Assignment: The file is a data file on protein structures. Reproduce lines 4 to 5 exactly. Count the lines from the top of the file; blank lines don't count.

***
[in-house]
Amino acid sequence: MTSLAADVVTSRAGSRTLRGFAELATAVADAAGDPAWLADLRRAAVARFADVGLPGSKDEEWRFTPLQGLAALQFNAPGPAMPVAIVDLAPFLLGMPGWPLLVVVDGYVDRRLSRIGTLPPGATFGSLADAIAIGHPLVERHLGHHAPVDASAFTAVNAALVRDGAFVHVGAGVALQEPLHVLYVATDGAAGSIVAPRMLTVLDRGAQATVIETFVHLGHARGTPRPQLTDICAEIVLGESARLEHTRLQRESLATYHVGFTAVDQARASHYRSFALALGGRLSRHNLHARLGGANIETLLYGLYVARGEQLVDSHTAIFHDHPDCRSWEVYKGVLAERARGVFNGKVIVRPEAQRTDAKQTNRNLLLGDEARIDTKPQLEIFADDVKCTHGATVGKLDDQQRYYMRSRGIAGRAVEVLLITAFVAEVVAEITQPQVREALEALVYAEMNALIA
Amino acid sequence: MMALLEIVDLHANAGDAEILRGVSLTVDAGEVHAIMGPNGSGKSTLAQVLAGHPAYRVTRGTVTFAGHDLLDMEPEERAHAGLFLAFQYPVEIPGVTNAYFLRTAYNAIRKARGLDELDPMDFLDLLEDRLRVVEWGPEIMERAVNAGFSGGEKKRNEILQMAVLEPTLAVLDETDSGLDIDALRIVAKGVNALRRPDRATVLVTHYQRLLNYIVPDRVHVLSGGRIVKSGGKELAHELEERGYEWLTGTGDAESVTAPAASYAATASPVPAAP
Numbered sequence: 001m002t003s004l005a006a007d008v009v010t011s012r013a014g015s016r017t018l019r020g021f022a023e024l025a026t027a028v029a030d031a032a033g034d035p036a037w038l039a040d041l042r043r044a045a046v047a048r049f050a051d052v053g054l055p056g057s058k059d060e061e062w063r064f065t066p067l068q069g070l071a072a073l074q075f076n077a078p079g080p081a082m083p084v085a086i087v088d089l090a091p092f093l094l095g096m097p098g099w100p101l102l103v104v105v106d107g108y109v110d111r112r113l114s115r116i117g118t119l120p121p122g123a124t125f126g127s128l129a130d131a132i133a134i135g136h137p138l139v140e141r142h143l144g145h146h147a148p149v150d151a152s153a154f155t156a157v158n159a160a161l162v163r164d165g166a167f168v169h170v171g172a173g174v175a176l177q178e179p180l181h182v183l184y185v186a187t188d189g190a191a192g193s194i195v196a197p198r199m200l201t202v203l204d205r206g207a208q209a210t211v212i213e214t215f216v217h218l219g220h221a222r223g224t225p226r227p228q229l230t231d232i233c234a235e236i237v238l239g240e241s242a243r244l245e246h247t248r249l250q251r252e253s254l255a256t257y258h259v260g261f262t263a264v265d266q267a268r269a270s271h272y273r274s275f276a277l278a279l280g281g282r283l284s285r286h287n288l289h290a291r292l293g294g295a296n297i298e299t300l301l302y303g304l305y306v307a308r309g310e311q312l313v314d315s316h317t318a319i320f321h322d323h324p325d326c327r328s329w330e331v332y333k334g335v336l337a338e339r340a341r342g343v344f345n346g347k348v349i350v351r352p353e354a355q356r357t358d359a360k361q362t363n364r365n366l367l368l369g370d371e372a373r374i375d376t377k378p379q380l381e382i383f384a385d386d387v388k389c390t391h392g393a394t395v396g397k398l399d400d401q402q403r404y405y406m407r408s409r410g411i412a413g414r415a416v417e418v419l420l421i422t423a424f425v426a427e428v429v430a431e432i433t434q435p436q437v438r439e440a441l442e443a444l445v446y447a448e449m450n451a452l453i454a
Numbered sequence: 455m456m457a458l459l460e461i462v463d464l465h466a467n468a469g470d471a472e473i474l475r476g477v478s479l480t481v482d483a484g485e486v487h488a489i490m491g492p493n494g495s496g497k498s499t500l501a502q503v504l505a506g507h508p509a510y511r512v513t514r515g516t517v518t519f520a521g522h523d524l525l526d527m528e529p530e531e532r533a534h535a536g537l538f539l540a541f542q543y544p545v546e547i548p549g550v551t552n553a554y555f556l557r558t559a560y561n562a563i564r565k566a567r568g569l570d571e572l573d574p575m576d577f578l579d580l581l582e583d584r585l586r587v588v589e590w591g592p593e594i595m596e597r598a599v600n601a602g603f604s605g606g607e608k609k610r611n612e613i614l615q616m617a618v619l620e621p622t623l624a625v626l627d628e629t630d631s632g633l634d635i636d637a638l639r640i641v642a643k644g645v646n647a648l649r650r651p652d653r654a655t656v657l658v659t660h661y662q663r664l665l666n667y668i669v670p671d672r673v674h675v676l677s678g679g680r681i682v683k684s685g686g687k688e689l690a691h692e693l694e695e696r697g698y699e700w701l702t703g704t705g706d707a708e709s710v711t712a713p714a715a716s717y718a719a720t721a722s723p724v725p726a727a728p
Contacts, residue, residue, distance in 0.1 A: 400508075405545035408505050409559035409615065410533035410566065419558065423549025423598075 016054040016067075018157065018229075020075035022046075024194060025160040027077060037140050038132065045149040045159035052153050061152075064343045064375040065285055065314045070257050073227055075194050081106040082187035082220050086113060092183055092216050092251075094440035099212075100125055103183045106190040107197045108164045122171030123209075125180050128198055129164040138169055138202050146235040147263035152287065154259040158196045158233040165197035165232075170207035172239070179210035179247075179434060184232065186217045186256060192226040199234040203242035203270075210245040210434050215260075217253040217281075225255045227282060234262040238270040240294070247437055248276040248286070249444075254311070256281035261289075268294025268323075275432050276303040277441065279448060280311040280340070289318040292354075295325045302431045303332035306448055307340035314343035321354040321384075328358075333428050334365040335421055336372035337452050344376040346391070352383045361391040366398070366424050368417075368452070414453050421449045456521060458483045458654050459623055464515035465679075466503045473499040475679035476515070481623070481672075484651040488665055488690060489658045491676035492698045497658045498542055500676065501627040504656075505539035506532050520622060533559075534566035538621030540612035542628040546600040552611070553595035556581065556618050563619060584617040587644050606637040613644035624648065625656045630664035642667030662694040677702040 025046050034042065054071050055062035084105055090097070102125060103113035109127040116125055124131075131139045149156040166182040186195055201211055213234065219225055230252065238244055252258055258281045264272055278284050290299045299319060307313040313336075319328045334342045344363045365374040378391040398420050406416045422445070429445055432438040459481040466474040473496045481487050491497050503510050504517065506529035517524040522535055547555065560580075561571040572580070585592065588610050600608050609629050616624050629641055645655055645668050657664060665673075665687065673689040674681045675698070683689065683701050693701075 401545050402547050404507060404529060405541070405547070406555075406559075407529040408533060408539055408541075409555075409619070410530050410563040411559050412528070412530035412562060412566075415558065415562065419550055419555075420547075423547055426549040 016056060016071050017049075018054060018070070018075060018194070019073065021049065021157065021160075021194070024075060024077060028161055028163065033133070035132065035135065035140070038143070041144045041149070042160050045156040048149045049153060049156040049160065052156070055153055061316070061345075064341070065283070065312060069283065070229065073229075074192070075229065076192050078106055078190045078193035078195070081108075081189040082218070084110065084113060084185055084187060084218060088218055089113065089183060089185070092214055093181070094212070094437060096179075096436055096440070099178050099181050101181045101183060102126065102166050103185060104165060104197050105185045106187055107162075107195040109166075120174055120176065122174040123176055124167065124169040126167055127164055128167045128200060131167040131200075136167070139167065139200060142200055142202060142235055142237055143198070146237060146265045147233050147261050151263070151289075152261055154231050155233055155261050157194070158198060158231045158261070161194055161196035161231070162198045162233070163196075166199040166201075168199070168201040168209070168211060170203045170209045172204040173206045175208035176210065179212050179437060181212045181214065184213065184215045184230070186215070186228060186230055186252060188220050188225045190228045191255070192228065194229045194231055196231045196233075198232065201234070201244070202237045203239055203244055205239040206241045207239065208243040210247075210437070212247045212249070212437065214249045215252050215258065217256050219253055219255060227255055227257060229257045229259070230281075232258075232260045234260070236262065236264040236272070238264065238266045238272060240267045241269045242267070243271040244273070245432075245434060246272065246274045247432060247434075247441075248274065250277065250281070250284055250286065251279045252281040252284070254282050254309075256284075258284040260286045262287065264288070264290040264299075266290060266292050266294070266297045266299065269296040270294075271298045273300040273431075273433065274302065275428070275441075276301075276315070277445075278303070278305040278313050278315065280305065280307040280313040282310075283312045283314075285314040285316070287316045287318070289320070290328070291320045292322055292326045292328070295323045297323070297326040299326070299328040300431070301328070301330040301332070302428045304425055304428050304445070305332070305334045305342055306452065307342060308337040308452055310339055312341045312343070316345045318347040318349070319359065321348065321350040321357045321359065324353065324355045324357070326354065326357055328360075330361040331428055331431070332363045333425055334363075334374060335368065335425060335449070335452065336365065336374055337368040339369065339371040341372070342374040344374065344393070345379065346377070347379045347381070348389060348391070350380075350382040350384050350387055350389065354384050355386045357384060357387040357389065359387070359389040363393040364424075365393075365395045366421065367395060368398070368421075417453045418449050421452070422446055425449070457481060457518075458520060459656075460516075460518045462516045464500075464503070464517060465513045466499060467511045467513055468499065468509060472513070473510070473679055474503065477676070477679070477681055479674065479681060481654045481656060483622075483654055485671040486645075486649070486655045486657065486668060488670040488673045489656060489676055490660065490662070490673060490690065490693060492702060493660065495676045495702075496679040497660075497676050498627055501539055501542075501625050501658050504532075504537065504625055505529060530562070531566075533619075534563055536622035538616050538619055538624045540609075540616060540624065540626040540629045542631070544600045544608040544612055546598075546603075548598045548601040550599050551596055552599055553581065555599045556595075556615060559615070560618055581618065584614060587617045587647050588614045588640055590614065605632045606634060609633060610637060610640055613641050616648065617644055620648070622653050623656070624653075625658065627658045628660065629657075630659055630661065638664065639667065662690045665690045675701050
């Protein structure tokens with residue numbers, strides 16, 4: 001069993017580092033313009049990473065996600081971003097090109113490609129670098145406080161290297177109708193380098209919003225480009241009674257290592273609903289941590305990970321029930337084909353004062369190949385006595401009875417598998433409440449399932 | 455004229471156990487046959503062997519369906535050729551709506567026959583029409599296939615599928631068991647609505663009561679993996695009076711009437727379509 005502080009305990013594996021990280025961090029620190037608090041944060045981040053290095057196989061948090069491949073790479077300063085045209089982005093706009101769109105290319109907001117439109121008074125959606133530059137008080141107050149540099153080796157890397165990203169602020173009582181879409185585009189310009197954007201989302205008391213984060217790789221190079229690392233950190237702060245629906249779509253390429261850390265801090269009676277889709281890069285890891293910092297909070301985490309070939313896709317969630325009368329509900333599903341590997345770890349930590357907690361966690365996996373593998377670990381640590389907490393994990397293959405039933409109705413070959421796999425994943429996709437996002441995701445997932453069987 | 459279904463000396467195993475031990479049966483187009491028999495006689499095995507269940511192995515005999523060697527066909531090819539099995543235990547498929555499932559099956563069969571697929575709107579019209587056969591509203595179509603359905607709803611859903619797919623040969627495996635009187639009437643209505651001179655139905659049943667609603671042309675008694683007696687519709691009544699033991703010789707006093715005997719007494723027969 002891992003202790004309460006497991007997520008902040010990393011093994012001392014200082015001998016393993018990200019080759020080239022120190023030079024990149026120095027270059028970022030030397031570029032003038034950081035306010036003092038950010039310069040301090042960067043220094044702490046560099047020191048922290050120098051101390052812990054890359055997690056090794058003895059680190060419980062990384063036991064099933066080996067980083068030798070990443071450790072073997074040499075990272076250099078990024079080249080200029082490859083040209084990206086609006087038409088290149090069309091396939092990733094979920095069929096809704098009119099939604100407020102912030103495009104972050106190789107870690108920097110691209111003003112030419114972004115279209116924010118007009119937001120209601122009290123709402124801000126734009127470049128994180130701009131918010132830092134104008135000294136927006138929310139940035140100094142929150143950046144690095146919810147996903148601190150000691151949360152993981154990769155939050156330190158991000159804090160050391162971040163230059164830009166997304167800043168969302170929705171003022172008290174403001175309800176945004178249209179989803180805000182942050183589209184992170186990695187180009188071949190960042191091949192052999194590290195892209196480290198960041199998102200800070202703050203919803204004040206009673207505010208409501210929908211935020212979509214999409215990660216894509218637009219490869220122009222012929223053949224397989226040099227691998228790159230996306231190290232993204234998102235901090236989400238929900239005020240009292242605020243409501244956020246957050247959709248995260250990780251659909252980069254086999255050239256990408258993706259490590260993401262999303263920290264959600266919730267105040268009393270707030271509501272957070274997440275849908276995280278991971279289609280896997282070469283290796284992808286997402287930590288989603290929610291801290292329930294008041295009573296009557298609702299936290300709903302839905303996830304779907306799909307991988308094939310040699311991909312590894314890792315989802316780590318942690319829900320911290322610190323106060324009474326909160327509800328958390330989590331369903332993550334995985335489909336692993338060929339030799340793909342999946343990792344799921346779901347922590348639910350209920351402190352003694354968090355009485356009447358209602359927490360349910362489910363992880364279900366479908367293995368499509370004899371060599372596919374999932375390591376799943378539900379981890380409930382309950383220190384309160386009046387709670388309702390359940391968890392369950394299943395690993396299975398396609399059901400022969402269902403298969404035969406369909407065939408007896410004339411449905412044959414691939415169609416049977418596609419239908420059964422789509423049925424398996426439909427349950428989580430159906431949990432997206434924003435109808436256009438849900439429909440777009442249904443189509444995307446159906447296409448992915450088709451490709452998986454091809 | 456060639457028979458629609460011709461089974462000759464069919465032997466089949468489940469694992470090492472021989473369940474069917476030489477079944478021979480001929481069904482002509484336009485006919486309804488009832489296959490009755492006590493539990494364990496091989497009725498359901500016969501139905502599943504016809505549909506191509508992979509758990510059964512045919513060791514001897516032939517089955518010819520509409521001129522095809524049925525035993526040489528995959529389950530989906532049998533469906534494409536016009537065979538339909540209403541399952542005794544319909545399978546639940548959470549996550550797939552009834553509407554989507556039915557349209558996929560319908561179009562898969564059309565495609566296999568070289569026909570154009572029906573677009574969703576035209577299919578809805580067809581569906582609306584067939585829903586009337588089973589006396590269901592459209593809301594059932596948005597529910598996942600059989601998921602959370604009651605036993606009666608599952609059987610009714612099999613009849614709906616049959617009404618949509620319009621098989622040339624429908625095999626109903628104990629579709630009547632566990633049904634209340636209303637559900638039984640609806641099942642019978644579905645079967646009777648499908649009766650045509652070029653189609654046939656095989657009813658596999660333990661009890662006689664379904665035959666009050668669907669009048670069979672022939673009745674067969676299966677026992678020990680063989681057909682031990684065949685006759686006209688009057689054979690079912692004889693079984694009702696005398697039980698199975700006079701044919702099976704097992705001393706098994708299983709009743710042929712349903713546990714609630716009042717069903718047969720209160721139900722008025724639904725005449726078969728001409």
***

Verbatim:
Numbered sequence: 001m002t003s004l005a006a007d008v009v010t011s012r013a014g015s016r017t018l019r020g021f022a023e024l025a026t027a028v029a030d031a032a033g034d035p036a037w038l039a040d041l042r043r044a045a046v047a048r049f050a051d052v053g054l055p056g057s058k059d060e061e062w063r064f065t066p067l068q069g070l071a072a073l074q075f076n077a078p079g080p081a082m083p084v085a086i087v088d089l090a091p092f093l094l095g096m097p098g099w100p101l102l103v104v105v106d107g108y109v110d111r112r113l114s115r116i117g118t119l120p121p122g123a124t125f126g127s128l129a130d131a132i133a134i135g136h137p138l139v140e141r142h143l144g145h146h147a148p149v150d151a152s153a154f155t156a157v158n159a160a161l162v163r164d165g166a167f168v169h170v171g172a173g174v175a176l177q178e179p180l181h182v183l184y185v186a187t188d189g190a191a192g193s194i195v196a197p198r199m200l201t202v203l204d205r206g207a208q209a210t211v212i213e214t215f216v217h218l219g220h221a222r223g224t225p226r227p228q229l230t231d232i233c234a235e236i237v238l239g240e241s242a243r244l245e246h247t248r249l250q251r252e253s254l255a256t257y258h259v260g261f262t263a264v265d266q267a268r269a270s271h272y273r274s275f276a277l278a279l280g281g282r283l284s285r286h287n288l289h290a291r292l293g294g295a296n297i298e299t300l301l302y303g304l305y306v307a308r309g310e311q312l313v314d315s316h317t318a319i320f321h322d323h324p325d326c327r328s329w330e331v332y333k334g335v336l337a338e339r340a341r342g343v344f345n346g347k348v349i350v351r352p353e354a355q356r357t358d359a360k361q362t363n364r365n366l367l368l369g370d371e372a373r374i375d376t377k378p379q380l381e382i383f384a385d386d387v388k389c390t391h392g393a394t395v396g397k398l399d400d401q402q403r404y405y406m407r408s409r410g411i412a413g414r415a416v417e418v419l420l421i422t423a424f425v426a427e428v429v430a431e432i433t434q435p436q437v438r439e440a441l442e443a444l445v446y447a448e449m450n451a452l453i454a
Numbered sequence: 455m456m457a458l459l460e461i462v463d464l465h466a467n468a469g470d471a472e473i474l475r476g477v478s479l480t481v482d483a484g485e486v487h488a489i490m491g492p493n494g495s496g497k498s499t500l501a502q503v504l505a506g507h508p509a510y511r512v513t514r515g516t517v518t519f520a521g522h523d524l525l526d527m528e529p530e531e532r533a534h535a536g537l538f539l540a541f542q543y544p545v546e547i548p549g550v551t552n553a554y555f556l557r558t559a560y561n562a563i564r565k566a567r568g569l570d571e572l573d574p575m576d577f578l579d580l581l582e583d584r585l586r587v588v589e590w591g592p593e594i595m596e597r598a599v600n601a602g603f604s605g606g607e608k609k610r611n612e613i614l615q616m617a618v619l620e621p622t623l624a625v626l627d628e629t630d631s632g633l634d635i636d637a638l639r640i641v642a643k644g645v646n647a648l649r650r651p652d653r654a655t656v657l658v659t660h661y662q663r664l665l666n667y668i669v670p671d672r673v674h675v676l677s678g679g680r681i682v683k684s685g686g687k688e689l690a691h692e693l694e695e696r697g698y699e700w701l702t703g704t705g706d707a708e709s710v711t712a713p714a715a716s717y718a719a720t721a722s723p724v725p726a727a728p